The FIFA World Player of the Year Gala is fast approaching once again, and, on 19 December, the best male and female footballers of 2005 will be crowned before the world's press. FIFA experts have been working furiously behind the scenes, of course, and after analysing performances across the globe they have revealed two lists of candidates. No fewer than 30 men and 24 women find themselves up for the top prize, so join us as we take a look at the players who have stood out this year.
FIFA World Player Gala - Men's List
FIFA World Player Gala - Women's list
Who will succeed Ronaldinho and Birgit Prinz on the podium? The answer may remain a mystery until the FIFA World Player of the Year Gala at the Zurich Opera House on 19 December, but if one thing is for sure it is that the lucky duo will come from the recently published long-lists.
These have been drawn up by various FIFA experts, with members of the Committee for Women's Football and FIFA Women's Competitions, as well as other FIFA committees, deciding the female candidates. Likewise, the Technical and Development Committee selected the men.
As far as the male list goes, the most striking feature is the huge Brazilian contingent. Indeed, the Seleçao's remarkable display at the FIFA Confederations Cup Germany 2005 and in FIFA World Cup™ qualification must have left a strong impression on the committee, as an incredible seven Auriverde players have made the cut (Adriano, Cafu, Kaka, Roberto Carlos, Robinho, Ronaldinho and Ronaldo). Brazil are by far the most heavily-represented nation, with England and their four representatives next in line (David Beckham, Steven Gerrard, Frank Lampard and Wayne Rooney). Apart from Italy, who boast three defensive stars in contention (Gianluigi Buffon, Paolo Maldini and Alessandro Nesta), no country has more than two candidates.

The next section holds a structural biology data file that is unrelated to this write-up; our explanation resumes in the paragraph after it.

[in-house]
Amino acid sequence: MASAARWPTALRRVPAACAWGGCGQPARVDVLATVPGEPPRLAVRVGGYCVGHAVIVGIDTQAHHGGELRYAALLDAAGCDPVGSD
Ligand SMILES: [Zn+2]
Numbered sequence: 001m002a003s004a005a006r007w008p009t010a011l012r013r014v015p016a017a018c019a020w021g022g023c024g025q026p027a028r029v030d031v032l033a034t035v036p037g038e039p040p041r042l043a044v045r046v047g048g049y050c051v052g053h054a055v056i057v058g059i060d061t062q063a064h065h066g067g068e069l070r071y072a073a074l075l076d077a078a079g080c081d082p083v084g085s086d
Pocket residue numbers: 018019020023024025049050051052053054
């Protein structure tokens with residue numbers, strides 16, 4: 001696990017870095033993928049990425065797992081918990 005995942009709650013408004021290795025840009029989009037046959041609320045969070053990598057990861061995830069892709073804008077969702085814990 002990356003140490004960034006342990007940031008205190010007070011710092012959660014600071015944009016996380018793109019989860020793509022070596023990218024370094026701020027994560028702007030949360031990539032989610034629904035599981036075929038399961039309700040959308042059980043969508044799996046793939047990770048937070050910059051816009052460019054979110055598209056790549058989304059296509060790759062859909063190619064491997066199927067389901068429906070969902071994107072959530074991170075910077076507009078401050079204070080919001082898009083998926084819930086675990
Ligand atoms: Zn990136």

Also noteworthy is the presence of four African players (Didier Drogba, Michael Essien, Samuel Eto'o and Jay-Jay Okocha), who counterbalance the overwhelming European (18) and South American (8) dominance. Continuity looks to be the key as well, since 25 of the men cited on the 2004 list are up for the award again this year. That has left room for five new faces, with Michael Essien, Jay-Jay Okocha, Juan Roman Riquelme, Arjen Robben and Robinho all in the running this time around.
With such a plethora of talent on show, it is exceptionally difficult to say what factors will ultimately swing the vote. Will it be the performances of the Brazilians, Riquelme or Ballack at the FIFA Confederations Cup? Or those of Didier Drogba, Arjen Robben and Frank Lampard with Chelsea in the Premier League? Maybe Steven Gerrard's stunning determination in the Champions League will win him the honour? Then again, perhaps the consistently excellent contributions of players like Pavel Nedved, Zinédine Zidane, Andriy Shevchenko and Paolo Maldini will influence the decision.